The Supreme Court is expected to rule Monday on the final Texas case this session. Passed in 2013, House Bill 2 requires physicians performing abortions to have admitting privileges at nearby hospitals. Clinics must also meet the standards of ambulatory surgical centers.
According to the Center for Reproductive Rights, there are 19 clinics in the state of Texas that still perform abortions – down from 41 before the law was passed. If the Supreme Court allows it to stand, only 9 abortion clinics are expected to remain open.
Nan Kirkpatrick is executive director of the Texas Equal Access Fund which helps low-income women pay for abortions. While she’s eagerly awaiting Monday’s ruling, she says access to abortion in Texas has already suffered.
"Damage has already been done and there’s no going back on that. Our only hope is that the Supreme Court will decide to strike down the law and hopefully we’ll get some clinics back in those communities that are hundreds of miles from care," says Kirkpatrick.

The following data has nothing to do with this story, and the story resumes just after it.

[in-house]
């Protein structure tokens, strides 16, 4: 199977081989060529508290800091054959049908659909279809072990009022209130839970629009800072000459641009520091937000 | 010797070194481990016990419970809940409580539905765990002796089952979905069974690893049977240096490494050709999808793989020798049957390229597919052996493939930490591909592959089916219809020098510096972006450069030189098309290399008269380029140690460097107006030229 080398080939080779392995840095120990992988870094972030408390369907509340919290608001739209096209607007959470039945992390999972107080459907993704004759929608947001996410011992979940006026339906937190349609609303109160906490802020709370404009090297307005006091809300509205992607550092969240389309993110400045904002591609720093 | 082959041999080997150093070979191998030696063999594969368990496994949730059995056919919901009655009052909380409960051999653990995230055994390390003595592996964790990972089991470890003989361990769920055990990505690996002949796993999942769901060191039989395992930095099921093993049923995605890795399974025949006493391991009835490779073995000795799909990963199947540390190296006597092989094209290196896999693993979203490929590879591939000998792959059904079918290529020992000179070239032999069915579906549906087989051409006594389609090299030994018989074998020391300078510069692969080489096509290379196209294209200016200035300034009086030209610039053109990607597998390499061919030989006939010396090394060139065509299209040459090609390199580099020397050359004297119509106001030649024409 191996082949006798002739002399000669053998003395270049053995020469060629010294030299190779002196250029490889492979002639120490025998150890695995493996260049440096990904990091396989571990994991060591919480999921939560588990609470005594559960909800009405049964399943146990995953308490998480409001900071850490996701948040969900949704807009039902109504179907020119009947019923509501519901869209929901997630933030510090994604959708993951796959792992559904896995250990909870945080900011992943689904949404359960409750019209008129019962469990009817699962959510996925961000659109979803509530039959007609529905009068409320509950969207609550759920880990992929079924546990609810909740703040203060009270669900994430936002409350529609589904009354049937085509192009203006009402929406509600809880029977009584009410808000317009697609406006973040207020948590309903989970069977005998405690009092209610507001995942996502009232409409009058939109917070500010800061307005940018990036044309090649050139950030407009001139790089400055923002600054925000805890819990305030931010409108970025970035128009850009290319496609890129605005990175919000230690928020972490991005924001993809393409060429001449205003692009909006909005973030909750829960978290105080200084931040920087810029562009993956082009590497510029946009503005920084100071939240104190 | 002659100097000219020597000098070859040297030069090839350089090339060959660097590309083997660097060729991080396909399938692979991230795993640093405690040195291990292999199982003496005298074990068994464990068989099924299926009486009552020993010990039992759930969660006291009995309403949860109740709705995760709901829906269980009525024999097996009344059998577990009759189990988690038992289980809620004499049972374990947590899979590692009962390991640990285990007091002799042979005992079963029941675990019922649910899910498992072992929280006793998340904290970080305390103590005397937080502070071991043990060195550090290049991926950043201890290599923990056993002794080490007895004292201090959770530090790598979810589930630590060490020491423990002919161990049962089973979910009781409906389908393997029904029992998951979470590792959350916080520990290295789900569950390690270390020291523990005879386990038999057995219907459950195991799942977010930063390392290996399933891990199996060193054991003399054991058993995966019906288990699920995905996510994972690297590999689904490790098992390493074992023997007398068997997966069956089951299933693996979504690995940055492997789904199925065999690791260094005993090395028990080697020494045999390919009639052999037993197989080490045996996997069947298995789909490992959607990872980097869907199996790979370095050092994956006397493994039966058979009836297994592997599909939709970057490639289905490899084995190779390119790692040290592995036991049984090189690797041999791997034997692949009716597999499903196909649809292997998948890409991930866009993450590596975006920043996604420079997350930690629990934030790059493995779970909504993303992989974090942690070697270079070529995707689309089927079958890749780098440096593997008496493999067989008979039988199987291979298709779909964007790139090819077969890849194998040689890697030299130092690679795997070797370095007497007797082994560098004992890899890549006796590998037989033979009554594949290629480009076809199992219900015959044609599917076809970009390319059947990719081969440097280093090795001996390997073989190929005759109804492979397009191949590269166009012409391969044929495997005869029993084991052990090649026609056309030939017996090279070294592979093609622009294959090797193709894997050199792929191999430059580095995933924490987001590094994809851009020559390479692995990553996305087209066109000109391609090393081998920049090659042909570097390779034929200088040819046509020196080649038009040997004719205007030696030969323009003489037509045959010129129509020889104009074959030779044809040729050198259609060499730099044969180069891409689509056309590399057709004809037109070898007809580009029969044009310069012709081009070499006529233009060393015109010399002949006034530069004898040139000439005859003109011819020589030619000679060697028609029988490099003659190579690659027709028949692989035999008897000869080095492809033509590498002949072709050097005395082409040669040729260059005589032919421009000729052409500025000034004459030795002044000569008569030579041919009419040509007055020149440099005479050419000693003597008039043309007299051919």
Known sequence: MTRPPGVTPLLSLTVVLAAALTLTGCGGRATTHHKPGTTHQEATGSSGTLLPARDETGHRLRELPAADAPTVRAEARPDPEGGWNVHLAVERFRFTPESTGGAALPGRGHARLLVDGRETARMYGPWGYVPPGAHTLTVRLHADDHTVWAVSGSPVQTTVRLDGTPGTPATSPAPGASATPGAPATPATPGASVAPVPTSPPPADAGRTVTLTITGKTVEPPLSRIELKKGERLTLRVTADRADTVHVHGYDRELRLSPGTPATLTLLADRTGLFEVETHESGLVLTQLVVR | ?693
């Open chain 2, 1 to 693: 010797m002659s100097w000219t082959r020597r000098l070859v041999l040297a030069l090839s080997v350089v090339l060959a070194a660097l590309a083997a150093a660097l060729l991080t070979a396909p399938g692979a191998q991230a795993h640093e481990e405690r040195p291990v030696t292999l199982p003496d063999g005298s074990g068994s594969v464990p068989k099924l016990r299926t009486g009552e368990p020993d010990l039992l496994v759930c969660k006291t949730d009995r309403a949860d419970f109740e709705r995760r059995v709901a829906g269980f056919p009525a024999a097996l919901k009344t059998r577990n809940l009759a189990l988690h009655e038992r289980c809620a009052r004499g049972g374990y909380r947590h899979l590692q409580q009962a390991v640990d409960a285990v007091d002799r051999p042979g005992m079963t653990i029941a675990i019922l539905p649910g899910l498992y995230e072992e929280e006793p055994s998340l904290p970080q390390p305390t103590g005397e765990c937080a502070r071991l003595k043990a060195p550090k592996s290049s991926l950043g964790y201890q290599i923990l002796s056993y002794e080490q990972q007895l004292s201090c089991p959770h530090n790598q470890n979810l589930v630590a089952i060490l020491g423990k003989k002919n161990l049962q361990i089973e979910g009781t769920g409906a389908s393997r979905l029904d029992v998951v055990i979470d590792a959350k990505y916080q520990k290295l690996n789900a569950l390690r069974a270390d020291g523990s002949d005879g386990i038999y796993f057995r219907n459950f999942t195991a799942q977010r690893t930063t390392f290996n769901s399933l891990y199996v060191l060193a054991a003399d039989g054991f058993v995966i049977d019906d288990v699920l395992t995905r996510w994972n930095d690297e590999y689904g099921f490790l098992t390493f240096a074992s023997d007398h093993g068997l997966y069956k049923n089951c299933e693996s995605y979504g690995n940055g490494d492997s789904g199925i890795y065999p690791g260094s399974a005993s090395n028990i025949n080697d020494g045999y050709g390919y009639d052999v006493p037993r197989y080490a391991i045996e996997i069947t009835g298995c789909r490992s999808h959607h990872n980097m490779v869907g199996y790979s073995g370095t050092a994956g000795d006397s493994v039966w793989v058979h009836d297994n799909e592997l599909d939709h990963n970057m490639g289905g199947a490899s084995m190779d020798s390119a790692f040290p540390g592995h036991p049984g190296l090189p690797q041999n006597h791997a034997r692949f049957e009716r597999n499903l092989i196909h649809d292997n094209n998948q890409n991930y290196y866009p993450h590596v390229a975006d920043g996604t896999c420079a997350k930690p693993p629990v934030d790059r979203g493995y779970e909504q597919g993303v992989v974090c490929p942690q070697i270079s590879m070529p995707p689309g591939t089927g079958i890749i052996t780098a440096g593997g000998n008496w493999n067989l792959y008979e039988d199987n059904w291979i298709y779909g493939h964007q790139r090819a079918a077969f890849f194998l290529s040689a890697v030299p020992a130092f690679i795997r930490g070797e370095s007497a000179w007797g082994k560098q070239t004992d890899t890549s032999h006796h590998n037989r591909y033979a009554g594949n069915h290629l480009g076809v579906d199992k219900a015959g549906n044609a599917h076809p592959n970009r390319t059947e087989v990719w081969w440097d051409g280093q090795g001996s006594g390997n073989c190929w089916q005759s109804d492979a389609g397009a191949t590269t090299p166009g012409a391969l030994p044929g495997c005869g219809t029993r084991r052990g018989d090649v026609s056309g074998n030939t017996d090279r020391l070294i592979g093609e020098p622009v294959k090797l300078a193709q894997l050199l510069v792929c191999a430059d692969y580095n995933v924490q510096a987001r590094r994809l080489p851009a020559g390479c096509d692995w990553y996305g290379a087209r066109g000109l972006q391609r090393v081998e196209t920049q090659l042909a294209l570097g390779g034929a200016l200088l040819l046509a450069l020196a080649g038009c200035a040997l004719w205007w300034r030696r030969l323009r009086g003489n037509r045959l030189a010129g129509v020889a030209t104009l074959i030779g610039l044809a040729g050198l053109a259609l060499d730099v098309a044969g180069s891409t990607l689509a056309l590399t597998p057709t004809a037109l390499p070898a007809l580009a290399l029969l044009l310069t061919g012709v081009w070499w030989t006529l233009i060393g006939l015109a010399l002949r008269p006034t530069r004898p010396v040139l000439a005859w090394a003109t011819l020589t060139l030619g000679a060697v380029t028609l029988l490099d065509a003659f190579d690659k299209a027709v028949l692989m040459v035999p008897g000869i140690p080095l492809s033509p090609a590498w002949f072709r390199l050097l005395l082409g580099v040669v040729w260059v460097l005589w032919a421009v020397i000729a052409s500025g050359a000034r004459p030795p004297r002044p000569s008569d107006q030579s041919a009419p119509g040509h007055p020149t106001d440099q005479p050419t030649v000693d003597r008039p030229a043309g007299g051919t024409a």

Kyleen Wright, president of the pro-life group Texans For Life, says the restrictions in House Bill 2 make abortions much safer for women.
“We fervently hope the court upholds the restrictions that pretty much govern every other medical surgery. The last thing we want is two victims of abortion, baby and mom," she says. "Women seeking abortion deserve the same high standards of every other surgical patient and we hope and pray the court agrees.”